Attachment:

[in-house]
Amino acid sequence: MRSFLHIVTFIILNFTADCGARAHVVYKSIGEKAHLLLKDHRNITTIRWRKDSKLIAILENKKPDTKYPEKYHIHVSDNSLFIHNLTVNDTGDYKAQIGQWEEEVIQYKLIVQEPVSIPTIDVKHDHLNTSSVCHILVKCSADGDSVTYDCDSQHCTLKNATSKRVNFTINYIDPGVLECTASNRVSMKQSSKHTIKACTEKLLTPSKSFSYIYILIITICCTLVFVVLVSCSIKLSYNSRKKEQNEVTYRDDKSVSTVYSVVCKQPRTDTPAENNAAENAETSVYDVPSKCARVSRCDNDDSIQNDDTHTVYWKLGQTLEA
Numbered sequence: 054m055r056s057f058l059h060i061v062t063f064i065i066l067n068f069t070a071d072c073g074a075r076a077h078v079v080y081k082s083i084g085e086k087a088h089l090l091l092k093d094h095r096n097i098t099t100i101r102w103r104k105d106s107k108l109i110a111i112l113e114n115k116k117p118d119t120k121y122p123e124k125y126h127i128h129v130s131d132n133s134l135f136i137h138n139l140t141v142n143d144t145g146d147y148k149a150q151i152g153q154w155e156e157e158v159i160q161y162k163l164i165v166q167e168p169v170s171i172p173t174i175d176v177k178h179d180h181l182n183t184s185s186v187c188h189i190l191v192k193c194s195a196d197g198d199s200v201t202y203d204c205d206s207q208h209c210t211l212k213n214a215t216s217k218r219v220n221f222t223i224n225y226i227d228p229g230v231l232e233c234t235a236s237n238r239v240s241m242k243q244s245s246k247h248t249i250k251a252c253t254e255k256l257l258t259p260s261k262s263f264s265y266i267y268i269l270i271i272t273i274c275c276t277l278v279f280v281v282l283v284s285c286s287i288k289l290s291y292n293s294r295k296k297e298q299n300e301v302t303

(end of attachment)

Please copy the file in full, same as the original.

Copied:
[in-house]
Amino acid sequence: MRSFLHIVTFIILNFTADCGARAHVVYKSIGEKAHLLLKDHRNITTIRWRKDSKLIAILENKKPDTKYPEKYHIHVSDNSLFIHNLTVNDTGDYKAQIGQWEEEVIQYKLIVQEPVSIPTIDVKHDHLNTSSVCHILVKCSADGDSVTYDCDSQHCTLKNATSKRVNFTINYIDPGVLECTASNRVSMKQSSKHTIKACTEKLLTPSKSFSYIYILIITICCTLVFVVLVSCSIKLSYNSRKKEQNEVTYRDDKSVSTVYSVVCKQPRTDTPAENNAAENAETSVYDVPSKCARVSRCDNDDSIQNDDTHTVYWKLGQTLEA
Numbered sequence: 054m055r056s057f058l059h060i061v062t063f064i065i066l067n068f069t070a071d072c073g074a075r076a077h078v079v080y081k082s083i084g085e086k087a088h089l090l091l092k093d094h095r096n097i098t099t100i101r102w103r104k105d106s107k108l109i110a111i112l113e114n115k116k117p118d119t120k121y122p123e124k125y126h127i128h129v130s131d132n133s134l135f136i137h138n139l140t141v142n143d144t145g146d147y148k149a150q151i152g153q154w155e156e157e158v159i160q161y162k163l164i165v166q167e168p169v170s171i172p173t174i175d176v177k178h179d180h181l182n183t184s185s186v187c188h189i190l191v192k193c194s195a196d197g198d199s200v201t202y203d204c205d206s207q208h209c210t211l212k213n214a215t216s217k218r219v220n221f222t223i224n225y226i227d228p229g230v231l232e233c234t235a236s237n238r239v240s241m242k243q244s245s246k247h248t249i250k251a252c253t254e255k256l257l258t259p260s261k262s263f264s265y266i267y268i269l270i271i272t273i274c275c276t277l278v279f280v281v282l283v284s285c286s287i288k289l290s291y292n293s294r295k296k297e298q299n300e301v302t303